PS – One of the markers of aging in a school is when the NQTs start and declare their Dates of Birth.  Mr Prosser’s admission that he was born in 1991 was a cat amongst the pigeons last year and brought both hilarity and sheer panic to the staffroom.  The other arbitrary measure is how many people remember the comedy programmes that are referred to within conversation.  It used to be me who smugly shook my head and made jokes about UK Gold when well-respected staffroom elders talked about Monty Python; now it’s me that gets a bewildered smile and nod when quoting Blackadder, Ferris Bueller or The Fast Show.

Last week when we were planning our visit to the BETT show this year and I showed this video of ‘Cat’ from Red Dwarf, several teachers revealed that they were far too young to have ever seen it.

#gettingold

 

 

Press Release: Microsoft Global Showcase School Announcement

Simon de Senlis Primary School has been selected by Microsoft as a 2015 Microsoft Global Showcase School for its excellence in transforming its learning environment to deliver more personalised education to students, using mobile and cloud technology to better prepare students for success in the workplace.

Simon de Senlis joins an exclusive community of over 150 leading schools from around the world and just six in the UK who are recognised to celebrate their pioneering efforts and innovation in rethinking teaching, learning and assessment in order to equip the children with 21st century competencies.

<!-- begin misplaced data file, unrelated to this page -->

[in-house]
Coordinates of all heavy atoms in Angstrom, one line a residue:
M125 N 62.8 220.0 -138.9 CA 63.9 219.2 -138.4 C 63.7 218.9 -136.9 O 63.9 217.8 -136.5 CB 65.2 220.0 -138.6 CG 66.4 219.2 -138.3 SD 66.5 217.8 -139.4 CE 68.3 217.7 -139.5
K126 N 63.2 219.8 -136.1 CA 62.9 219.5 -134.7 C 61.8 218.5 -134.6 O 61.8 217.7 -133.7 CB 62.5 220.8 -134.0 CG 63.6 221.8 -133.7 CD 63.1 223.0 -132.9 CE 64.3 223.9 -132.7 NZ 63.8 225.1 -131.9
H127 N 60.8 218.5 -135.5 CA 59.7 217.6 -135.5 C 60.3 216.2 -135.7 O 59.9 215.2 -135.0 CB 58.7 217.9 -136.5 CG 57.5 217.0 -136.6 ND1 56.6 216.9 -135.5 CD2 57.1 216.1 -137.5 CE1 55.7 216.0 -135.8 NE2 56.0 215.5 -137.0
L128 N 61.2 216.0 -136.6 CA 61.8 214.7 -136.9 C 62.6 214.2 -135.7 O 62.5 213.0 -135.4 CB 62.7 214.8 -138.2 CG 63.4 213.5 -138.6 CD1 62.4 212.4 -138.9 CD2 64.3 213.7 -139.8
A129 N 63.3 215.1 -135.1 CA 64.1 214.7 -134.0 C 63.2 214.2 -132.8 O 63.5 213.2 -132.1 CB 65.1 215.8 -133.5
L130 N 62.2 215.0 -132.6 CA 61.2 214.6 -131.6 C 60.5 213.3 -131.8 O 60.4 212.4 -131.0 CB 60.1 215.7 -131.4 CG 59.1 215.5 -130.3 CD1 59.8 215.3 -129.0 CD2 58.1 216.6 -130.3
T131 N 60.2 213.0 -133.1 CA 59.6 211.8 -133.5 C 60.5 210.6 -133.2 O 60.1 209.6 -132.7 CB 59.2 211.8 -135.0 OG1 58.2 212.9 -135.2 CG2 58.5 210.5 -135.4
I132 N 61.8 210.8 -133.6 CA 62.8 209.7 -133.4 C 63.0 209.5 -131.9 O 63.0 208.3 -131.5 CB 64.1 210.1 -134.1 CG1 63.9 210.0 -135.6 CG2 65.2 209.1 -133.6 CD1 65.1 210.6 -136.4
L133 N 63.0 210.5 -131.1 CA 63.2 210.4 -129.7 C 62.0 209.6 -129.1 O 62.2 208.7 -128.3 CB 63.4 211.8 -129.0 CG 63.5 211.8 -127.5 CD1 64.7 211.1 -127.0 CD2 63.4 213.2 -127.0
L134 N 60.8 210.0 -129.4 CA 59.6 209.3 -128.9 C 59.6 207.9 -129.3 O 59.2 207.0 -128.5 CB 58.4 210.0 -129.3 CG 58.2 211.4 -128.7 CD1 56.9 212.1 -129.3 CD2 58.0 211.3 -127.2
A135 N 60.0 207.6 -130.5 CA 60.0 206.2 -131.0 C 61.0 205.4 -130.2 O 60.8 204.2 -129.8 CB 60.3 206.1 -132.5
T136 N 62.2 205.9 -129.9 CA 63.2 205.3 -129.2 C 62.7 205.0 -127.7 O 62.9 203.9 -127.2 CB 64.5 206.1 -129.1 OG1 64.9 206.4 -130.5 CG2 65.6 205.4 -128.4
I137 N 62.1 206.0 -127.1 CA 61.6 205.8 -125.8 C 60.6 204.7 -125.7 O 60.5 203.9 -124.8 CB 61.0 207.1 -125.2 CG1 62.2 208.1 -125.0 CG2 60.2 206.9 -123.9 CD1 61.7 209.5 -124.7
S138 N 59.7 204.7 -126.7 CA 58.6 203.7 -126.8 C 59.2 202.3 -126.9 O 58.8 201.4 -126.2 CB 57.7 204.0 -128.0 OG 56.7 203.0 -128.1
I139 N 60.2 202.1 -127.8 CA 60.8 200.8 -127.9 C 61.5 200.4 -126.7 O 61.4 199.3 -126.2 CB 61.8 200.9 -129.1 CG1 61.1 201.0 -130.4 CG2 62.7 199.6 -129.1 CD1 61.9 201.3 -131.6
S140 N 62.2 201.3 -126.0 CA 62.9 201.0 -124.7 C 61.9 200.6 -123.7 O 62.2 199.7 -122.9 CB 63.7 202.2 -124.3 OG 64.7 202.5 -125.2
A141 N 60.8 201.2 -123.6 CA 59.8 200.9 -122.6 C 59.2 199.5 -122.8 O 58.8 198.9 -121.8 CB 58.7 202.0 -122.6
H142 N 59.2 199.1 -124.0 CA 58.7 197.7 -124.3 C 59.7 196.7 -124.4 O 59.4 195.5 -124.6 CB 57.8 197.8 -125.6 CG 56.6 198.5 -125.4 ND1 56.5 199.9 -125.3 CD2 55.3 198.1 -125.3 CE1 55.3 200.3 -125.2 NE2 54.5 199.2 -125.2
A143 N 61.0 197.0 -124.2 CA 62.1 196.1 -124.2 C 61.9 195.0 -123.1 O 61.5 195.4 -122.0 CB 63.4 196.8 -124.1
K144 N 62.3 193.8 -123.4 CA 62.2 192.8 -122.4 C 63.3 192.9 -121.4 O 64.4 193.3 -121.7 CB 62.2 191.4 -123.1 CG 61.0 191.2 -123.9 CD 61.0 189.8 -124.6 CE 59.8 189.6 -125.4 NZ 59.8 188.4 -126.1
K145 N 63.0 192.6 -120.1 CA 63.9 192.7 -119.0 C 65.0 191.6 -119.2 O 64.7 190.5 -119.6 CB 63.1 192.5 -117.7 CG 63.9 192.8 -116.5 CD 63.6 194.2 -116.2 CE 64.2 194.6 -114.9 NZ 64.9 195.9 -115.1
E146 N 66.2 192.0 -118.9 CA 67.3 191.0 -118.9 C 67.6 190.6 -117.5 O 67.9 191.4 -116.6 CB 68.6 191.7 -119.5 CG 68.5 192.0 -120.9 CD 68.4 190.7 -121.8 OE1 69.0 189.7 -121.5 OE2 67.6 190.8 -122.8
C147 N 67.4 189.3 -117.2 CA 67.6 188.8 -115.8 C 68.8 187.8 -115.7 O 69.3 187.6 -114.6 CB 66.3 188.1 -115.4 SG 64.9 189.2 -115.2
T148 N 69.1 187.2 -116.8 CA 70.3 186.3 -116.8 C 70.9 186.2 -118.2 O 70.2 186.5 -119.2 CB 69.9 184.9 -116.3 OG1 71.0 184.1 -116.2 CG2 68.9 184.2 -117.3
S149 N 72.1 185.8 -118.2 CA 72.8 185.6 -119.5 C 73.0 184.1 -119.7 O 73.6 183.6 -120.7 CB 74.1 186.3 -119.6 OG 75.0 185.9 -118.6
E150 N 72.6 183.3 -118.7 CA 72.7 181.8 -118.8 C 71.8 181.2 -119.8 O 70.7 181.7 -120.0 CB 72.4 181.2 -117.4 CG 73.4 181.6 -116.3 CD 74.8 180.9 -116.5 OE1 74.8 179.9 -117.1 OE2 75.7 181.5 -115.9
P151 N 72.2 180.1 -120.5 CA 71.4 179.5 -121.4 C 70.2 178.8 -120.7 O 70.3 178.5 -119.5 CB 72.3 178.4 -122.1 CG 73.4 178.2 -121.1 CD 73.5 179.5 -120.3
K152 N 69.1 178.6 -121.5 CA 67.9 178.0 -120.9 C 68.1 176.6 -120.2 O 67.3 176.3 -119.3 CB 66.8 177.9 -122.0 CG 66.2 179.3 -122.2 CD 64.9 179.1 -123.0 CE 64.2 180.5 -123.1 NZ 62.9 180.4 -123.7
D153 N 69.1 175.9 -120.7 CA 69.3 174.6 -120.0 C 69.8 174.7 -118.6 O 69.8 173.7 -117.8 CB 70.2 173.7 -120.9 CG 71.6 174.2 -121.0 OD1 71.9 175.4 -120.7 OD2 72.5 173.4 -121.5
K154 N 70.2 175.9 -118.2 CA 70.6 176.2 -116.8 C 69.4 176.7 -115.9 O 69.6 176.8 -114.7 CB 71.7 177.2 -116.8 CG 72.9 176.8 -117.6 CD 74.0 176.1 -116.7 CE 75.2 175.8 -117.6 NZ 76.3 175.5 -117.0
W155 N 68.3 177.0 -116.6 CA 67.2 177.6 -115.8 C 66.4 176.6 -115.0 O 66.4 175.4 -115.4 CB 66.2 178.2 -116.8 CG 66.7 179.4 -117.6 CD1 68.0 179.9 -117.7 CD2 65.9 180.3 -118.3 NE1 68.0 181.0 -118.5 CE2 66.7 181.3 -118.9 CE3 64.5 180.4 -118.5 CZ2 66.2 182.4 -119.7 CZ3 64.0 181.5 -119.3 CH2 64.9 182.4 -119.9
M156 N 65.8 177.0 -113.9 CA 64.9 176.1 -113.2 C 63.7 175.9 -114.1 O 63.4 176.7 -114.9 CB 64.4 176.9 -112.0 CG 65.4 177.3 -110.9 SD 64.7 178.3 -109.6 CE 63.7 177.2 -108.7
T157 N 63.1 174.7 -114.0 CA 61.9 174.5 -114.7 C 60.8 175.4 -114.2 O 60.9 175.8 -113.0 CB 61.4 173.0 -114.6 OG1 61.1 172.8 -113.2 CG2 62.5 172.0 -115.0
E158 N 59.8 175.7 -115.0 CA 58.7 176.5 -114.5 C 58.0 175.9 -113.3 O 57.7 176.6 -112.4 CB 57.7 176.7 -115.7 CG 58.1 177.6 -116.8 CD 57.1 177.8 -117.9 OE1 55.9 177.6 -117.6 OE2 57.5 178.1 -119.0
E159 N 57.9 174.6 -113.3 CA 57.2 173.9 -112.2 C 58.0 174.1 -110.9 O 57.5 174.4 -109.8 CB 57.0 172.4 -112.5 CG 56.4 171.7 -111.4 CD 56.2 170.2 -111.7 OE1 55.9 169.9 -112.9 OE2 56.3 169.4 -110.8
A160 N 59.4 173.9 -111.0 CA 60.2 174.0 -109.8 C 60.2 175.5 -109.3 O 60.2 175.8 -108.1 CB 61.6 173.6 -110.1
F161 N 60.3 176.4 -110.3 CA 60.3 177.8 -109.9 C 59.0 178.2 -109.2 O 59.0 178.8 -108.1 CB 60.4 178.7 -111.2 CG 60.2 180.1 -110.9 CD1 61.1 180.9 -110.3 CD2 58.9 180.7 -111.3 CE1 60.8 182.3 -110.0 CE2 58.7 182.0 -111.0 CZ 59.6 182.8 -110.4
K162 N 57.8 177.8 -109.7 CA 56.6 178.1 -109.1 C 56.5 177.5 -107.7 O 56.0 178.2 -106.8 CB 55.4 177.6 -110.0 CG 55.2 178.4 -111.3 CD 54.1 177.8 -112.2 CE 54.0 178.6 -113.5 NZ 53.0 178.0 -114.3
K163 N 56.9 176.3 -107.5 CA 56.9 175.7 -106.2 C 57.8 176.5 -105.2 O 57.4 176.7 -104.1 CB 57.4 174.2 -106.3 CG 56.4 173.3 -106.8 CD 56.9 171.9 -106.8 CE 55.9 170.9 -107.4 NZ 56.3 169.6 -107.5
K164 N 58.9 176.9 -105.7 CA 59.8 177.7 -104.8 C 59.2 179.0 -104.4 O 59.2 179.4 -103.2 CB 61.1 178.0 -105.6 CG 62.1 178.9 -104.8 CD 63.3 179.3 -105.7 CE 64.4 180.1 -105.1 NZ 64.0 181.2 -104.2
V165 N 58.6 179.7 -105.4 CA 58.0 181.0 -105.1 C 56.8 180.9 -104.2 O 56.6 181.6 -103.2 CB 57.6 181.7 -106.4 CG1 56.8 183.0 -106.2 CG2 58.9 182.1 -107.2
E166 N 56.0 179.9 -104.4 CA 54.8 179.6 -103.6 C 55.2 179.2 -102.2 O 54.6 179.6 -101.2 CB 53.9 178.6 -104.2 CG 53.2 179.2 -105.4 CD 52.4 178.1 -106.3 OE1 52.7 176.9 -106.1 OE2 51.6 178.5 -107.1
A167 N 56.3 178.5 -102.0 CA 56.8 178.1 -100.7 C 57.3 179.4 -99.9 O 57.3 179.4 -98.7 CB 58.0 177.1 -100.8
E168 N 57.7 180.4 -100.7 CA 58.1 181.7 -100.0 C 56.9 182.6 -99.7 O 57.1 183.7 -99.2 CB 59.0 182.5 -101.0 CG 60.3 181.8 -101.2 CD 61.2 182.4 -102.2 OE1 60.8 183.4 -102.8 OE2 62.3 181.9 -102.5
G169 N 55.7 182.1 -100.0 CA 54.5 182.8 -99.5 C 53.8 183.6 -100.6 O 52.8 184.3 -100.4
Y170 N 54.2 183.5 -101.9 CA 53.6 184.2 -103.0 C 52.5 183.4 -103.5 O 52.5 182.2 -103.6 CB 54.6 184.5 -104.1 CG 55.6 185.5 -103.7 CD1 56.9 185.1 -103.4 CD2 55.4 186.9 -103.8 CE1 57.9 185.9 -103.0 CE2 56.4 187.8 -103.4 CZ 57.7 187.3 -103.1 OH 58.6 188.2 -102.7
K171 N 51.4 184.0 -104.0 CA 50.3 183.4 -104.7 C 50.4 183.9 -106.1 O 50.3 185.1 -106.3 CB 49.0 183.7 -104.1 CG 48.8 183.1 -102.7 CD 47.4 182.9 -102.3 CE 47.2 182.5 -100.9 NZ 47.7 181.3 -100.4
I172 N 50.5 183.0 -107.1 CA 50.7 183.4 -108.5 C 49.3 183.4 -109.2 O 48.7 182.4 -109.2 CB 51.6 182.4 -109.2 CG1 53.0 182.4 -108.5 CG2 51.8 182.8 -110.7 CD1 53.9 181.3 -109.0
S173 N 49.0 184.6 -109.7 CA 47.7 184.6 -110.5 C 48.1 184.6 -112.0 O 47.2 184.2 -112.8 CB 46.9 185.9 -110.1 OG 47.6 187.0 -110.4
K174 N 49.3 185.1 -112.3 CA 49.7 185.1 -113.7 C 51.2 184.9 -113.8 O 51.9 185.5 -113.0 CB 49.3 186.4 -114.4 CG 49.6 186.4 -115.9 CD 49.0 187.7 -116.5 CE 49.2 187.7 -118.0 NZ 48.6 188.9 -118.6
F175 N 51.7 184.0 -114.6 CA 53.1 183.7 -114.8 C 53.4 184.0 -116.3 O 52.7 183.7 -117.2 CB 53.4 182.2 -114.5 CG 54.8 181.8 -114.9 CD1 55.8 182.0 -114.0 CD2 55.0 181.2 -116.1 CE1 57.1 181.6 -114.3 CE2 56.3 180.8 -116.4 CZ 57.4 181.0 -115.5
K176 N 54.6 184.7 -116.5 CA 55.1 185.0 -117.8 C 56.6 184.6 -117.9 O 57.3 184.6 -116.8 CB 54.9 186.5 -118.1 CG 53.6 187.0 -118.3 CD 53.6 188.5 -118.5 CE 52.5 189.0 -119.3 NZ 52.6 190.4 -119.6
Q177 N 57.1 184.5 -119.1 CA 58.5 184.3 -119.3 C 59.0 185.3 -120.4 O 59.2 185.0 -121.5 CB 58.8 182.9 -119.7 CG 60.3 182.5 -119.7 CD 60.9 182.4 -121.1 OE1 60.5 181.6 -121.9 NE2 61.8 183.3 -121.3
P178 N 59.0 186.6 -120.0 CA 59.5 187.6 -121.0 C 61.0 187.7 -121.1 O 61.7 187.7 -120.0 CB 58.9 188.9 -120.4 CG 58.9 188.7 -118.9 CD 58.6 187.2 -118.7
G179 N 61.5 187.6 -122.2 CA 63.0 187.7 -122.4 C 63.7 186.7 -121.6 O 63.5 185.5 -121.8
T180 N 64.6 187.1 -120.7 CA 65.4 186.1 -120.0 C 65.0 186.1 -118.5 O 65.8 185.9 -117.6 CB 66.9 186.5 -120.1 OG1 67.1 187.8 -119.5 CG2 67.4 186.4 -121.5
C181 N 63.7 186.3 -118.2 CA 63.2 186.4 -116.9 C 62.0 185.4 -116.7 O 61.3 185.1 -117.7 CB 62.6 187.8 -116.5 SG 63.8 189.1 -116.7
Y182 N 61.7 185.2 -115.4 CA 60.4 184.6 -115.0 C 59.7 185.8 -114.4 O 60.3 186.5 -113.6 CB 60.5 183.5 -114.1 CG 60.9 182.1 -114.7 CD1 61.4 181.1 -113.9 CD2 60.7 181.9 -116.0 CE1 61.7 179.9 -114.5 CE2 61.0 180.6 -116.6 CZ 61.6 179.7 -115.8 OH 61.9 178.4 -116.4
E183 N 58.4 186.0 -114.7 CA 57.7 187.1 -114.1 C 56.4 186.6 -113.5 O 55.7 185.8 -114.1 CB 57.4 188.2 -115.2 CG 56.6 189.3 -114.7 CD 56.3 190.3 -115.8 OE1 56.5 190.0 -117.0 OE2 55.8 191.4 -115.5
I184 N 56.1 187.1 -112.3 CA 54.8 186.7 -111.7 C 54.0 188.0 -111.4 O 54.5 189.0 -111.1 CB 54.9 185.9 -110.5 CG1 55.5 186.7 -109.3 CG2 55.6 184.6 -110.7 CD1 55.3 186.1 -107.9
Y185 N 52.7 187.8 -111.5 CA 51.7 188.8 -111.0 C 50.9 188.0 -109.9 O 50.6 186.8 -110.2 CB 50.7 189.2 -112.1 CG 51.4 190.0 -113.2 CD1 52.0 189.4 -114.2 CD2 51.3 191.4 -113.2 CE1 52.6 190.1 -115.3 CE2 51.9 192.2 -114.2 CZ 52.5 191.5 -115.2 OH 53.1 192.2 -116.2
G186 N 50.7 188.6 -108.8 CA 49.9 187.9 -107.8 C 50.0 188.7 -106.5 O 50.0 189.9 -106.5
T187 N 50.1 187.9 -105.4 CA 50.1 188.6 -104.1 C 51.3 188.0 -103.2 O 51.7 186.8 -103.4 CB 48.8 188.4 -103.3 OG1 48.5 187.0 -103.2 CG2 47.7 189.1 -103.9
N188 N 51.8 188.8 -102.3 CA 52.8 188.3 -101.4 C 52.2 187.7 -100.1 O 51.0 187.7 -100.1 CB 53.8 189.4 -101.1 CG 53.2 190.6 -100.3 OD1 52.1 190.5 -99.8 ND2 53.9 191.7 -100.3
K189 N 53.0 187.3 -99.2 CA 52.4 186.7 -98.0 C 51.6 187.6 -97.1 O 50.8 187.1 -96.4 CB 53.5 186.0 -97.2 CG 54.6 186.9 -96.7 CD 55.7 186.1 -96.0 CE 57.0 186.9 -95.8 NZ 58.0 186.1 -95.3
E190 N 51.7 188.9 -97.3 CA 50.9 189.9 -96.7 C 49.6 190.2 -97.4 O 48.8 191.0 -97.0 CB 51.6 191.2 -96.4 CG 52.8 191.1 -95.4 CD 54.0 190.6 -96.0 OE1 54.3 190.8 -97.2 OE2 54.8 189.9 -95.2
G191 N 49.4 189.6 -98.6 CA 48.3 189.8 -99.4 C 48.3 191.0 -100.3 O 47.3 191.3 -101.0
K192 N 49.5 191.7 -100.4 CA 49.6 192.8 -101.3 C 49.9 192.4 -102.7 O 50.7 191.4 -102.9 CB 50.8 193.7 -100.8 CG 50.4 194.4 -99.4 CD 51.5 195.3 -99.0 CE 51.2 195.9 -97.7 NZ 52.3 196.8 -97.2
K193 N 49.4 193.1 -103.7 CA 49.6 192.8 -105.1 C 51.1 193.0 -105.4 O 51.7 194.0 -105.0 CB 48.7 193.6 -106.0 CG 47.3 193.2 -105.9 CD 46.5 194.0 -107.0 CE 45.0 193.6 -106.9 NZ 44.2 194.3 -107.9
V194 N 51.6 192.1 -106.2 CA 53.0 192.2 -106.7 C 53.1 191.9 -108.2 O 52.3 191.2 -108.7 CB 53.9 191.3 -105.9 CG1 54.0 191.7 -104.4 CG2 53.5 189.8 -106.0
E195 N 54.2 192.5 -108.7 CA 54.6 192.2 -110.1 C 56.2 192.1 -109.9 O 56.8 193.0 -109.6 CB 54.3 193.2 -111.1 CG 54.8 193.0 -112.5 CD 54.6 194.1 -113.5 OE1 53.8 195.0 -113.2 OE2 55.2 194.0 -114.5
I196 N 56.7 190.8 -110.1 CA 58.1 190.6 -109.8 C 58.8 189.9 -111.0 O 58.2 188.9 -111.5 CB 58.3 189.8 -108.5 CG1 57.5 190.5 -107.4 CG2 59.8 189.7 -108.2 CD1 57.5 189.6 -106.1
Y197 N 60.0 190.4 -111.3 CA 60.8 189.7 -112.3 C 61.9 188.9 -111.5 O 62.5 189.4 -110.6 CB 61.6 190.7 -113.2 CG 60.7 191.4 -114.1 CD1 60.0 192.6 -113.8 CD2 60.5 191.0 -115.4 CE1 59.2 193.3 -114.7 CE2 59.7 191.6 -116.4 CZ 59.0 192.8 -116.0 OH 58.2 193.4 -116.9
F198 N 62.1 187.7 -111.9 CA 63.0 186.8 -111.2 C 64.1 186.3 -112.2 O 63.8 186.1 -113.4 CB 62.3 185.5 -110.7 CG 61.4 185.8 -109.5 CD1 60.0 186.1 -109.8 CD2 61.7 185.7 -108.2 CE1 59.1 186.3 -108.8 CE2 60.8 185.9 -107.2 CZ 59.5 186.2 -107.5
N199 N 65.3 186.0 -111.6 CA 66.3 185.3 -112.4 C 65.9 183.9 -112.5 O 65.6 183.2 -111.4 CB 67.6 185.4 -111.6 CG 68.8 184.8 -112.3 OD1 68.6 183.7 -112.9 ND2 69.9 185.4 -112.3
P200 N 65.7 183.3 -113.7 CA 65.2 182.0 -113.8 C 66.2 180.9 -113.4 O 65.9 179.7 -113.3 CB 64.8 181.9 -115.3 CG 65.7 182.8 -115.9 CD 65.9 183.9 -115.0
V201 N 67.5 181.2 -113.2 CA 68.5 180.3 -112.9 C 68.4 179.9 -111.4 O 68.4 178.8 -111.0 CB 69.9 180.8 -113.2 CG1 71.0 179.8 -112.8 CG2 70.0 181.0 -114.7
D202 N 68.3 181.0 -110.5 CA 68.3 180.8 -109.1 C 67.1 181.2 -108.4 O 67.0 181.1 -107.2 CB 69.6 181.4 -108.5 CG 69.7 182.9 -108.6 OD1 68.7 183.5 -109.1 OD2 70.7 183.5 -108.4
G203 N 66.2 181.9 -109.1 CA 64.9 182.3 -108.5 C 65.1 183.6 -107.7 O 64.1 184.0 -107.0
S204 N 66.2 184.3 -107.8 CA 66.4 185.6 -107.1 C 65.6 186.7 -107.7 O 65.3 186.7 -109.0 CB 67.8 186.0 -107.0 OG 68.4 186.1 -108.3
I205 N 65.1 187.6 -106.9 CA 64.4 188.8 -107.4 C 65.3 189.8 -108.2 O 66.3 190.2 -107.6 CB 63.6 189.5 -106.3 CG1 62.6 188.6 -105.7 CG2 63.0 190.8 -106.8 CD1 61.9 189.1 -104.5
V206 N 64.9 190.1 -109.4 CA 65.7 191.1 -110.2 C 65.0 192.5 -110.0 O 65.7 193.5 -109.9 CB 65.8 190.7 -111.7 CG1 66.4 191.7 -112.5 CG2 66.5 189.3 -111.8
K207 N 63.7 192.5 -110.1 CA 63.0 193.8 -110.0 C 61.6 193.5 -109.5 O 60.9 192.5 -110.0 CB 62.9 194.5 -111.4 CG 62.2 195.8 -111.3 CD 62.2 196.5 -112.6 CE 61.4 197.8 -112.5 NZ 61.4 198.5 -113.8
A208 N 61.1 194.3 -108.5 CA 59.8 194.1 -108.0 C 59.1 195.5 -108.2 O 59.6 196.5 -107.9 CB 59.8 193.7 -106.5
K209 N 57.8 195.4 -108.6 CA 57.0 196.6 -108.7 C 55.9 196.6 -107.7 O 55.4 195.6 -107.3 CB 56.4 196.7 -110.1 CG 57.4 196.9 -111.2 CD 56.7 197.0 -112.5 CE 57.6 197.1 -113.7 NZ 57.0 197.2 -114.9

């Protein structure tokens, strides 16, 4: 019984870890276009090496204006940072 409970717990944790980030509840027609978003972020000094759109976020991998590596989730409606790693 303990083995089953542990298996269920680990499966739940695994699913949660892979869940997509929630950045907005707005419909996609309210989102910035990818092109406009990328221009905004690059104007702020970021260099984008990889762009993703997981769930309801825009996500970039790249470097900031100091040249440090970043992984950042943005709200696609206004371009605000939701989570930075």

Microsoft Showcase Award Small
The Team from Simon de Senlis receiving their plaque as a Global Showcase School at Microsoft’s ‘Classroom of the Future’ in London.

Examples of the school’s work include innovative use of Surface devices to capture learning across the curriculum and the use of cloud computing to allow children to give and receive feedback to each other on their learning. The work in the school is driven by Headteacher, Tom Rees and teachers, Charlotte Coade and Tom Prosser, both who were given Innovative Expert Educator status before Christmas at a prestigious ceremony at Microsoft Headquarters in London.

“Being selected as a Microsoft Showcase School is a great thing for Simon de Senlis and I am delighted that the passion our teachers and staff have for creating the best learning environments possible has been recognised in this way”, said Tom Rees, Headteacher at the school. “We look forward to sharing our experiences with other schools in our community and the world to continue finding innovative ways to equip our students with the proper tools needed for success inside and outside of the classroom.”

As a Showcase School, Simon de Senlis Primary School will work closely with Microsoft to lead innovation in education and communicate a vision for education enabled by technology through the hosting and mentoring of other schools in the community on transformational educational practices.  The school will be announcing details of how it will be able to support other local schools in the near future.

“Microsoft Showcase Schools are inspiring examples of how schools are using mobile-first, cloud-first technology to increase students’ productivity and develop the skills needed in the workplace,” said Anthony Salcito, vice president, Worldwide Education, Microsoft Corp. “With an innovative use of technology, these schools are transforming learning environments and delivering more personalised education to students, allowing them to do more and achieve more.”